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Georgia Lawmakers Eye Hank Aaron Statue to Replace Confederate Figure

Georgia lawmakers are thinking about swapping out the statue of Confederate leader Alexander Stephens at the U.S. Capitol with a sculpture of Hall of Fame baseball player Hank Aaron. Republican state Rep. Trey Kelley and Lt. Gov. Burt Jones are open to the idea. Mr. Kelley stated, “There’s nothing more American than baseball, and no one personifies American values more than Hank Aaron. He used his influence to advance civil rights, inspire entrepreneurship and hammer home the Georgia we know today.”

This is not the first time lawmakers have attempted to replace the statue of Alexander Stephens, the first and only vice president of the Confederacy. In 2020, Gov. Brian Kemp and other Republican leaders supported a plan to replace the statue with one of late Democratic Rep. John Lewis, a civil rights icon, but the plan did not move forward.

The statue of Stephens is part of the National Statuary Hall collection, where each state can place two statues of individuals they believe deserve recognition in the halls of Congress. The collection also includes statues of other Confederate figures, such as Jefferson Davis and Joseph Wheeler, along with statues honoring President Abraham Lincoln, abolitionist Frederick Douglass, and civil rights icon Rosa Parks.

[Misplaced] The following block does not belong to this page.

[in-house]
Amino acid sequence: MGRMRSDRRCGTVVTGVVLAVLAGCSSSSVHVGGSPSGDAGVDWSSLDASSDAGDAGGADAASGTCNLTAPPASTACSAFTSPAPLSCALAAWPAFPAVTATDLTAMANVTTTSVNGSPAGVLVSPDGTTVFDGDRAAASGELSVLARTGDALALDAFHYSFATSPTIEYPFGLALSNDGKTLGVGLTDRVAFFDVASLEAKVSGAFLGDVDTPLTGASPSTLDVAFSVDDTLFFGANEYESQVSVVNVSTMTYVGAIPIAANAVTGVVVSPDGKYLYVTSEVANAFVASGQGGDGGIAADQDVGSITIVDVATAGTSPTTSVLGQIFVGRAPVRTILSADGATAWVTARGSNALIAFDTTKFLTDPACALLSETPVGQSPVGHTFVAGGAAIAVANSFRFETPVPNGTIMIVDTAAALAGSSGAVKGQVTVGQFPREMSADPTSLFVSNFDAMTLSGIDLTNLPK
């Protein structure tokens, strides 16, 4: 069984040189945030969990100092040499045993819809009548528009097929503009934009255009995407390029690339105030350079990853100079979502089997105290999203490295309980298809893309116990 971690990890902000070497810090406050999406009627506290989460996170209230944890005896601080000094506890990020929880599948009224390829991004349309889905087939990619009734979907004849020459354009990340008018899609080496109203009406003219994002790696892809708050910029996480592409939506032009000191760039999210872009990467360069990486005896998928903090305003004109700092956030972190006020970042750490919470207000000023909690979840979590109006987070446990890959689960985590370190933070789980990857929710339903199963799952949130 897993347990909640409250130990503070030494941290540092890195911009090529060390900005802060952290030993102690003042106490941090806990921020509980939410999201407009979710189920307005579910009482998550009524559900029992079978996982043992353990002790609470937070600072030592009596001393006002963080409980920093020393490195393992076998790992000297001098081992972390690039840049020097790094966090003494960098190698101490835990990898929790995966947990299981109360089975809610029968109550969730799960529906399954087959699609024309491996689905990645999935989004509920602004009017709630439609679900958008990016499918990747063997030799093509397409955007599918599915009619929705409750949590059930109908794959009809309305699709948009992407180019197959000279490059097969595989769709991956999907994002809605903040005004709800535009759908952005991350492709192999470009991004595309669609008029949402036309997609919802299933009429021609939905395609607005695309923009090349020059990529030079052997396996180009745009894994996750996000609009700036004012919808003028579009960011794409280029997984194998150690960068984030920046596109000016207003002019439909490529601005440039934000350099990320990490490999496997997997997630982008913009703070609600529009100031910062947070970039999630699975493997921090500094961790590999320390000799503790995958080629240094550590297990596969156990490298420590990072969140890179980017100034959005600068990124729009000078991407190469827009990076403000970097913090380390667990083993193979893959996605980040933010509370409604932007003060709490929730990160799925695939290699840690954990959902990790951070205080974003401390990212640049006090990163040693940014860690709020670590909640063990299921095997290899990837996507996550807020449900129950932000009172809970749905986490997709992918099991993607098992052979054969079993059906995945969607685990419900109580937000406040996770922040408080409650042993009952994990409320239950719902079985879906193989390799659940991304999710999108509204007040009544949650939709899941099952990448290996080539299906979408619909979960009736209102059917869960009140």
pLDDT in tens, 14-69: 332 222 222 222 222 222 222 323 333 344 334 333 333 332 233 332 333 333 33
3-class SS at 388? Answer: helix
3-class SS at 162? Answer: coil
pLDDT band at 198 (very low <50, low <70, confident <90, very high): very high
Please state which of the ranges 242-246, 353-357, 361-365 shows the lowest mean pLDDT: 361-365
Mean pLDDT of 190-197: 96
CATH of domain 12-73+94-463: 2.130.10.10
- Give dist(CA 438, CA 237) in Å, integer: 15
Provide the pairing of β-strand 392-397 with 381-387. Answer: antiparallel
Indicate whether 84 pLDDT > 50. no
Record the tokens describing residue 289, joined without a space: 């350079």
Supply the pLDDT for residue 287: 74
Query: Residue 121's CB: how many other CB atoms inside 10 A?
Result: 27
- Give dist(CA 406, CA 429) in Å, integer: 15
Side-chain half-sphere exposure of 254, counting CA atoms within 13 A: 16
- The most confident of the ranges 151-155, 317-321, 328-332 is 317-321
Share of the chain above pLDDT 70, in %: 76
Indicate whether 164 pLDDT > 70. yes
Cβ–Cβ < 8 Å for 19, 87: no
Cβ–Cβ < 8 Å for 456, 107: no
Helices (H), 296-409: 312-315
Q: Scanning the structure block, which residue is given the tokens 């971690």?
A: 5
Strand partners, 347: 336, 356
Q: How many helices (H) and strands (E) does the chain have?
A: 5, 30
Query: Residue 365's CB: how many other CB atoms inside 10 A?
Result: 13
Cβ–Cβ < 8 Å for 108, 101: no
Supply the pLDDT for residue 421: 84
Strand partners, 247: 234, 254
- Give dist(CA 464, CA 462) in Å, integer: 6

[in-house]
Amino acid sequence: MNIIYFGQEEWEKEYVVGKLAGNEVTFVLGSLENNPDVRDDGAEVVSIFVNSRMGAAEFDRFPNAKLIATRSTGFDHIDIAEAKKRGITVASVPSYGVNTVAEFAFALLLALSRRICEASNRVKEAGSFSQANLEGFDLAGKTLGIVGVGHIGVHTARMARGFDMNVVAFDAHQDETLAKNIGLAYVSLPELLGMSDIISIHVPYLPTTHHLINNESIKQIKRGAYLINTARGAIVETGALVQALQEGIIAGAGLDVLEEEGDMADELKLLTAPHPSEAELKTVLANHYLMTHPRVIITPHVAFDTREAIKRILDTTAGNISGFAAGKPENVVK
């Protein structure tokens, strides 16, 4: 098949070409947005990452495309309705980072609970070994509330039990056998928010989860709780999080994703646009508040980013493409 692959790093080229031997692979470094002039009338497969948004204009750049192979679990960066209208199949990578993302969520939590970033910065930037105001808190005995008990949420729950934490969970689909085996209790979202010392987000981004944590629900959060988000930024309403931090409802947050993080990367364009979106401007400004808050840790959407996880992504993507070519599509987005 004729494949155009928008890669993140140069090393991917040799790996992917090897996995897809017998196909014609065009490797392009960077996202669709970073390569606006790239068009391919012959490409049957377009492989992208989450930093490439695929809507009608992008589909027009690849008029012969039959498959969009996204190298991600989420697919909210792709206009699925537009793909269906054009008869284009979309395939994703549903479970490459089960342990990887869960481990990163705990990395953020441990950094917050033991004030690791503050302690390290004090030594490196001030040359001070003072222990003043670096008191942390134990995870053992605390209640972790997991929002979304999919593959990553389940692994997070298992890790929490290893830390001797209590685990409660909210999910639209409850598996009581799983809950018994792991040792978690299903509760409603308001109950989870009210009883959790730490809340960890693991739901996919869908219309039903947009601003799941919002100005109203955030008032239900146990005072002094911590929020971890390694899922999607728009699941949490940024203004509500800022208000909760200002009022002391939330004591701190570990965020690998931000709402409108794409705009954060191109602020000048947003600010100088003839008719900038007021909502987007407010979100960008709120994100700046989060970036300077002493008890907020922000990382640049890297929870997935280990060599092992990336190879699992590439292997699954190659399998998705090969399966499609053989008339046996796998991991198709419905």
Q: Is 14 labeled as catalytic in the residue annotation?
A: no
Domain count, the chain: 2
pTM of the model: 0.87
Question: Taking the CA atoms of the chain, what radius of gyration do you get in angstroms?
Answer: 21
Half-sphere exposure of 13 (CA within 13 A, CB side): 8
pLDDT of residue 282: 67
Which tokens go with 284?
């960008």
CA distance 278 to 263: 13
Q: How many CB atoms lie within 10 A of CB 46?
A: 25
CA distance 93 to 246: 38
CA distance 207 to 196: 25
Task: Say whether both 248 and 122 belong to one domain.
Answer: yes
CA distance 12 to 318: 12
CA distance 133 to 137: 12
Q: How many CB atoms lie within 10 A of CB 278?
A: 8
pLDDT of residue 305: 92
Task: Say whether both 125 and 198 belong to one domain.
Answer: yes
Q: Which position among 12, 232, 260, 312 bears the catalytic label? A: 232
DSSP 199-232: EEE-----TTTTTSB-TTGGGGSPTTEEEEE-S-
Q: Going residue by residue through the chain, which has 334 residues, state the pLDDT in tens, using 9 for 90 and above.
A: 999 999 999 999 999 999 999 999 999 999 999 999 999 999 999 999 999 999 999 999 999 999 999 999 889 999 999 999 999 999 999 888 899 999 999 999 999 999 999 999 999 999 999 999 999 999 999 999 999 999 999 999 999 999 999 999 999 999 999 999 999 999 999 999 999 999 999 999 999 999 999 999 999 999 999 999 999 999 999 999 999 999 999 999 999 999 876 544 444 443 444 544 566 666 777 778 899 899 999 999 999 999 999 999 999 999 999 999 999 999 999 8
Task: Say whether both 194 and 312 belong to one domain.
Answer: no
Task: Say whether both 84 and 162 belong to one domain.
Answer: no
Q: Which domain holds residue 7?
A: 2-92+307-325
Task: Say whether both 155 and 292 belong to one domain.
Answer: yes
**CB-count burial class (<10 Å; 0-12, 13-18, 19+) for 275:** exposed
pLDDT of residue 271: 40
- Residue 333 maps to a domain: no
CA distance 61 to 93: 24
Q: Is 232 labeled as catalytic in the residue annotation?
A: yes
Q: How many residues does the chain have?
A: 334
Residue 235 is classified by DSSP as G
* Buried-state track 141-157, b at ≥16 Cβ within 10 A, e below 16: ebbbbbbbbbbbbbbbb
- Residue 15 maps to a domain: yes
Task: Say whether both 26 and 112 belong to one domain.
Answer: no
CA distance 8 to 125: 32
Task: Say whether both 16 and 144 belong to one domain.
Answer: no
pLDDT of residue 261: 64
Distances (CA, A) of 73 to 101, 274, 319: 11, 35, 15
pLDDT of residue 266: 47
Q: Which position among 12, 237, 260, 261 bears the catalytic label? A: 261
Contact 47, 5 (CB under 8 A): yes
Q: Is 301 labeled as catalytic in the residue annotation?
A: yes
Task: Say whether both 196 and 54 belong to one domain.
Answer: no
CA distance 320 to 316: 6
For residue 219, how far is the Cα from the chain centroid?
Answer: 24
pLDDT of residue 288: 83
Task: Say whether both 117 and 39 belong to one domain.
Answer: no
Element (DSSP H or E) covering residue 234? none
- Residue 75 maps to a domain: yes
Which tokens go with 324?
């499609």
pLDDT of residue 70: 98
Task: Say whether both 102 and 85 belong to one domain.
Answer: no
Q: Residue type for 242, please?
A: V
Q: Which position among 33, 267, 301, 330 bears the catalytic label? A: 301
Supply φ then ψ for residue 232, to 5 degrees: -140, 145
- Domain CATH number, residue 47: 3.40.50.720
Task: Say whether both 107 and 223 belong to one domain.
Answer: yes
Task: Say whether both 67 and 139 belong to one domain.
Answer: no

The debate over Confederate statues at the U.S. Capitol has grown more intense following events like the 2017 Unite the Right rally in Charlottesville and the 2020 murder of George Floyd, which resulted in protests and the removal of Confederate symbols from public spaces.

The Southern Poverty Law Center reported that 168 Confederate symbols were renamed or removed from public spaces in 2020. Additionally, Democrats in Congress have attempted to remove all remaining Confederate statues and busts from public areas in the Capitol. They also passed a bill in 2021 that called for replacing the bust of Roger Brooke Taney, the former chief justice of the United States known for authoring the 1857 Dred Scott decision, with a new statue.

These efforts have sparked debates about the role and representation of Confederate symbols in public spaces, particularly in the U.S. Capitol.

Written by Staff Reports

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